June 21, 1999 - by
Noles Down Texas A&M, 7-3 in CWS Action

June 12, 1999


Box Score


OMAHA, Neb. (AP) – Slugger Matt Diaz found his groove at the plate and
reliever Chris Chavez kept his cool on the mound.


Diaz hit two home runs and Chavez put down a bases-loaded, no-outs threat in
the fifth, leading Florida State to a 7-3 victory over Texas A&M on Saturday in
the College World Series opener for both teams.


Diaz went 3-for-5 with three RBIs and scored twice with the wind blowing
out. He made fans forget about Marshall McDougall, who last month hit six home
runs in a victory at Maryland.


“I was happy to see the wind blowing out in right field,” Diaz said. “I
was thankful because I could really groove my swing.”


Diaz said he felt overshadowed by McDougall but had no problem with it. Diaz
said he has seen better pitches by batting third in the order, behind McDougall
and ahead of .321 hitter Kevin Cash.


“Marshall McDougall hasn’t had just one good game. He’s had a heck of a
year,” Diaz said. “Then we had John Halliday behind me earlier in the year
and now Kevin Cash. People are scared of them, so I’ve been seeing pitches all
year long.”


Diaz’s two homers gave him 20 for the season.


Chavez, meanwhile, retired 12 straight Aggies and struck out six for the
second-seeded Seminoles (54-12) after replacing starter Nick Stocks with the
bases loaded and no outs in the fifth and Florida State ahead 4-3.


“It was a big momentum shift to get three outs with the bases loaded and no
outs,” Chavez said. “It took the wind out of their sails.”


Chavez proceeded to strike out the side on 14 pitches, 11 of them strikes.


“You load the bases with nobody out and you’re feeling pretty good about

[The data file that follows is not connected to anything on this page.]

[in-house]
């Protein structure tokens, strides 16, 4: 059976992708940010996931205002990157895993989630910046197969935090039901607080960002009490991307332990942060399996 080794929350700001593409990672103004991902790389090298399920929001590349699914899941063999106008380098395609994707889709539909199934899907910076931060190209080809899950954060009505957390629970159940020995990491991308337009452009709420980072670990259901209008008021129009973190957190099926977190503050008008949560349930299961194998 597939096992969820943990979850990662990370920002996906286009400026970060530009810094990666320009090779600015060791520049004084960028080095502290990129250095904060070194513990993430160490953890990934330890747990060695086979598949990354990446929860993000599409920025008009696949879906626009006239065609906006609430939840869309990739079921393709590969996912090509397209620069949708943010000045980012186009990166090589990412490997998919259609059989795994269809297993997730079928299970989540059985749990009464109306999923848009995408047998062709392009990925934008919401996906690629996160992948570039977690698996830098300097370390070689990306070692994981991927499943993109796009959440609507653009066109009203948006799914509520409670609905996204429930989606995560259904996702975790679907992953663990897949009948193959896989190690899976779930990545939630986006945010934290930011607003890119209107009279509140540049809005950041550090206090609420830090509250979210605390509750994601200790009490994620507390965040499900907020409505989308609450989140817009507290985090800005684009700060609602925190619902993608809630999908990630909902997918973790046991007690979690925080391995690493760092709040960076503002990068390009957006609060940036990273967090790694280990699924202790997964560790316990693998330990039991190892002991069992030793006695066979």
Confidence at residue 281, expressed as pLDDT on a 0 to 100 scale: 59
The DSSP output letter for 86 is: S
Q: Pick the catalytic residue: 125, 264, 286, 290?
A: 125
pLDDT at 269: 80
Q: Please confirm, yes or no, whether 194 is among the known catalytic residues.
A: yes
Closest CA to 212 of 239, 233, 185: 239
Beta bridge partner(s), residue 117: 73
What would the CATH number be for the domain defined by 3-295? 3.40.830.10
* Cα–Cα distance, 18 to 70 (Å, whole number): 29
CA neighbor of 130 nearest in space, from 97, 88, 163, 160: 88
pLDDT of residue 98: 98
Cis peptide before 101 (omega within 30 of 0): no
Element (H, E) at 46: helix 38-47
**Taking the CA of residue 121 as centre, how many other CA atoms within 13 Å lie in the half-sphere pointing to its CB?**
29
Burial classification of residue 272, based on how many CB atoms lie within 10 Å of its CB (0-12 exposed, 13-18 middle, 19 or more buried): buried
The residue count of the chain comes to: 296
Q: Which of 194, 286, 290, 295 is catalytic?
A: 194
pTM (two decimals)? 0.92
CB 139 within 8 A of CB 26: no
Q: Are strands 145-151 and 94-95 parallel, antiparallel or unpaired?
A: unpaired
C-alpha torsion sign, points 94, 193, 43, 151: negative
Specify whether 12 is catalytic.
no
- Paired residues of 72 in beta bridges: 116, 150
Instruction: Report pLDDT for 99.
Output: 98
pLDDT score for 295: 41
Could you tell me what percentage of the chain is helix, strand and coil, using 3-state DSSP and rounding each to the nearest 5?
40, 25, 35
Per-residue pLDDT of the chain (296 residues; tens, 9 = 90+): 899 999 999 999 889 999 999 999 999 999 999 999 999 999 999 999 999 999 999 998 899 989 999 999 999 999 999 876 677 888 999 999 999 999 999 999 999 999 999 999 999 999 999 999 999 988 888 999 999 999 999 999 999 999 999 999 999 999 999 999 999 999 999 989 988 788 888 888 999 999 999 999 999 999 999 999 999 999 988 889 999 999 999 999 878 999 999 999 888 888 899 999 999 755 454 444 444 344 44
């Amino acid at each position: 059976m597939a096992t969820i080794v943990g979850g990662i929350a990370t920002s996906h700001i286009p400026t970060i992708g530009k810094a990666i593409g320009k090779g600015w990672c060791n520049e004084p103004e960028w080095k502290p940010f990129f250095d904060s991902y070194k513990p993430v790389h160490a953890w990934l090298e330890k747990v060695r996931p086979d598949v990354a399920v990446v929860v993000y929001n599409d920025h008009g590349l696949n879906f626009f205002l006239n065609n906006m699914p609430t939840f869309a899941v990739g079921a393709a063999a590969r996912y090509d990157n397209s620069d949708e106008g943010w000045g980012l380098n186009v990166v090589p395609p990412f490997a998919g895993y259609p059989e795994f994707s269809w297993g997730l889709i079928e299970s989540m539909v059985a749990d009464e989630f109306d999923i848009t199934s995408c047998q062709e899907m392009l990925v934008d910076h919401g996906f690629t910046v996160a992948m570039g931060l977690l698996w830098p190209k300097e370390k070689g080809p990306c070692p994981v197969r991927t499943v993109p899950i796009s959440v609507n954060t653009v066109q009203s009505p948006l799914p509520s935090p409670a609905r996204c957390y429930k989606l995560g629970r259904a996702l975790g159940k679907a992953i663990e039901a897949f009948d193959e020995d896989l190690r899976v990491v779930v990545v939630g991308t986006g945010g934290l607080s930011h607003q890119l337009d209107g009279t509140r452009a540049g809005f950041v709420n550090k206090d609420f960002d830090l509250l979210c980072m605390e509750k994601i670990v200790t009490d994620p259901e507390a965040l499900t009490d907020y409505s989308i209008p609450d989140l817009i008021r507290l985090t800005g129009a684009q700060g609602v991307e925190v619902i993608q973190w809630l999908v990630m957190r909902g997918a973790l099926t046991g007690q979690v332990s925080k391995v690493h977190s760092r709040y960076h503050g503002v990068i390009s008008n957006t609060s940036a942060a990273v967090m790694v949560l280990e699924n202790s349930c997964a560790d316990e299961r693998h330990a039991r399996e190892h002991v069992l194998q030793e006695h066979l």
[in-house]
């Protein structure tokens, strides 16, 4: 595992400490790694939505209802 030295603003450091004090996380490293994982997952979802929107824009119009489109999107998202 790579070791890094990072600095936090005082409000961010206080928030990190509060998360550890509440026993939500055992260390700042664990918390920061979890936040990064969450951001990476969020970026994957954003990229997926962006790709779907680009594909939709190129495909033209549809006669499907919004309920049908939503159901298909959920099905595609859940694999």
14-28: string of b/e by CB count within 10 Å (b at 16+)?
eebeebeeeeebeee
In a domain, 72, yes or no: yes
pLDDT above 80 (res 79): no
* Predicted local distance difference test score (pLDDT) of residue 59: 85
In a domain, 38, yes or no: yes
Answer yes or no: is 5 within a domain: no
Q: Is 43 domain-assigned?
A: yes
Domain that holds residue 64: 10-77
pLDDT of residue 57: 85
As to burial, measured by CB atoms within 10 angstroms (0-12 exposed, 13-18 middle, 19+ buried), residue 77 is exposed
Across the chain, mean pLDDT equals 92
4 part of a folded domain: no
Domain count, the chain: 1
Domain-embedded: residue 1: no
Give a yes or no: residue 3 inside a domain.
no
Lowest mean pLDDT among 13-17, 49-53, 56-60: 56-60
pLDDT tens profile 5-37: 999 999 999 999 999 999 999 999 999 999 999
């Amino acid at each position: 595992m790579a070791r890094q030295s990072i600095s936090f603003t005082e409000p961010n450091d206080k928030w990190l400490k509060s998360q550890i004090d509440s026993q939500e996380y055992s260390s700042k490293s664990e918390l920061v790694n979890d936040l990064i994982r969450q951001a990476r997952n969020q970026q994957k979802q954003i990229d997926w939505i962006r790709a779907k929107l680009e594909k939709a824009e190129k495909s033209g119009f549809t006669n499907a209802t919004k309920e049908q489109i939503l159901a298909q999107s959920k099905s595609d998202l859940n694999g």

yourself,” Texas A&M coach Mark Johnson said. “So that was pretty
discouraging, but I don’t think it dropped us to our knees where we weren’t
going to get back up. But it was pretty discouraging.”


The victory advanced Florida State to meet the winner of Saturday night’s
game between Cal State-Fullerton and Stanford. The seventh-seeded Aggies
(52-17) will play the loser in an elimination contest.


Stocks, taken in the first round by the St. Louis Cardinals with the 36th
pick in last week’s amateur draft, pitched into the fifth, allowing all three
A&M runs on seven hits with six strikeouts and three walks.


Stocks walked the first three Aggies he faced in the fifth on 14 pitches.


“We cannot win the national championship with our starter going four
innings,” Florida State coach Mike Martin said. “We have got to get him into
the seventh.”


Aggies left-hander Casey Fossom, a first-round pick by the Boston Red Sox,
pitched 7 1-3 innings. He gave up seven runs on seven hits with four
strikeouts, but walked a career-high eight and hit one.


“I was maybe trying to get a little too fine,” Fossom said. “Then I left
a few pitches out over the plate.”


After Ryan Barthelemy sent an 0-2 fastball over the wall in right-center to
give the Seminoles a 2-1 lead in the second, Fossom hit Michael Futrell before
Diaz extended the lead to 4-1 with a two-run shot to right-center.


Leading off the fifth, Diaz homered to the same spot.


“I didn’t really have a game plan,” Fossom said. “I just threw it to him
(Diaz) and hoped he wouldn’t hit it.”


Last year entering the College World Series, it was Diaz who attracted much
of the attention for Florida State. As a freshman in 1998, he hit four home
runs in an NCAA regional defeat of Oklahoma.


By TIM KORTE

AP Sports Writer

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